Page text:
Note that because the marketplace Chef Server is only in us-west-2 and us-east-1, this CF template will only work in those regions.

Fill out all the parameters.

On the pre-launch page, don't forget to OK the creation of IAM roles via the checkbox at the bottom.

Find the public hostname or IP of the ChefWorkstation machine and ssh into it as user ubuntu, using the key you specified when you created the above stack. If you'd like buildcluster or test kitchen to work, you'll need to make sure you're using ssh-agent to serve up your ssh keys and ssh to the workstation instance with -A to allow further ssh connections access to your agent.

$ ssh -A  
Welcome to Ubuntu 14.04.4 LTS (GNU/Linux 3.13.0-83-generic x86_64)  
Last login: Tue Apr 12 21:26:23 2016  
ubuntu@ip-172-31-2-78:~$ cd chef-repo/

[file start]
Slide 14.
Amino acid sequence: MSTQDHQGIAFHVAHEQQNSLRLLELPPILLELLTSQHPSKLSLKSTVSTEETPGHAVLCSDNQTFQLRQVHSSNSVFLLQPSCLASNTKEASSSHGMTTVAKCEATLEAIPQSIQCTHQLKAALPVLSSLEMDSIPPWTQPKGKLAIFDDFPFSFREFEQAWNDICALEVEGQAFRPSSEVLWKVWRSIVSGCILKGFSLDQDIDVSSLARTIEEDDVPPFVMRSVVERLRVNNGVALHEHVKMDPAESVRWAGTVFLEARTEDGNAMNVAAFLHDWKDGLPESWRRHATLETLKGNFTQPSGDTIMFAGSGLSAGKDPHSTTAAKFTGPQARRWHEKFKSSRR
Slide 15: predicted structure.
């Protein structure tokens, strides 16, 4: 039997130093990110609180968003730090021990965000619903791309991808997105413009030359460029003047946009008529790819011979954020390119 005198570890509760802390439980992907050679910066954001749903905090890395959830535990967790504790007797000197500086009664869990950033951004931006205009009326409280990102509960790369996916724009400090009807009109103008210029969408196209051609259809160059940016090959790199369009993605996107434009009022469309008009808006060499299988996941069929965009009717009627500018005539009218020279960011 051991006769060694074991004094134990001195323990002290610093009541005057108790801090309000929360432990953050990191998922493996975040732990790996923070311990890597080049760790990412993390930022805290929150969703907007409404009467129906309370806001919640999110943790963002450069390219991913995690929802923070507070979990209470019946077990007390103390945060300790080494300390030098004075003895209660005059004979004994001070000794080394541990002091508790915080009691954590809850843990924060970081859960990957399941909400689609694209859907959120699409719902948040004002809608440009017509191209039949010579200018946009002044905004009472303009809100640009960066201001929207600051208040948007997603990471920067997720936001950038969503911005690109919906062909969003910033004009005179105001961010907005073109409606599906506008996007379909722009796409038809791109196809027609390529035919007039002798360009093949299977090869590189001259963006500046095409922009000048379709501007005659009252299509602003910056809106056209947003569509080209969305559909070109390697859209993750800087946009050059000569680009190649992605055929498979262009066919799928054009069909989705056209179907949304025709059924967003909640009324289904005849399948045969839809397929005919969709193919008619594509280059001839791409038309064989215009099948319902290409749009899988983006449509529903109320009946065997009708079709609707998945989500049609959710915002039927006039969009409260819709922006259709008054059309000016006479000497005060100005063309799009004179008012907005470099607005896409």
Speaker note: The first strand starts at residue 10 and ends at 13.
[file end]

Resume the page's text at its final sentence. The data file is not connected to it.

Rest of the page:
ubuntu@ip-172-31-2-78:~/chef-repo$ knife client list  

cd to the cookbooks/sampleApp directory and run kitchen test to verify the app's correctness via the ec2 driver:

ubuntu@ip-172-31-2-78:~/chef-repo$ cd cookbooks/sampleApp
ubuntu@ip-172-31-2-78:~/chef-repo/cookbooks/sampleApp$ kitchen test
-----> Starting Kitchen (v1.6.0)
-----> driver_plugin: ec2
-----> Cleaning up any prior instances of <default-ubuntu-1404>
       EC2 instance <i-fb9d8d3c> ready.
       Waiting for SSH service on, retrying in 3 seconds
       Waiting for SSH service on, retrying in 3 seconds
       Waiting for SSH service on, retrying in 3 seconds
       [SSH] Established
       Starting Chef Client, version 12.8.1
       Creating a new client identity for default-ubuntu-1404 using the validator key.
       resolving cookbooks for run list: ["sampleApp::default"]
       Chef Client finished, 42/58 resources updated in 01 minutes 04 seconds
       Finished converging <default-ubuntu-1404> (1m53.19s).
-----> serverspec installed (version 2.31.1)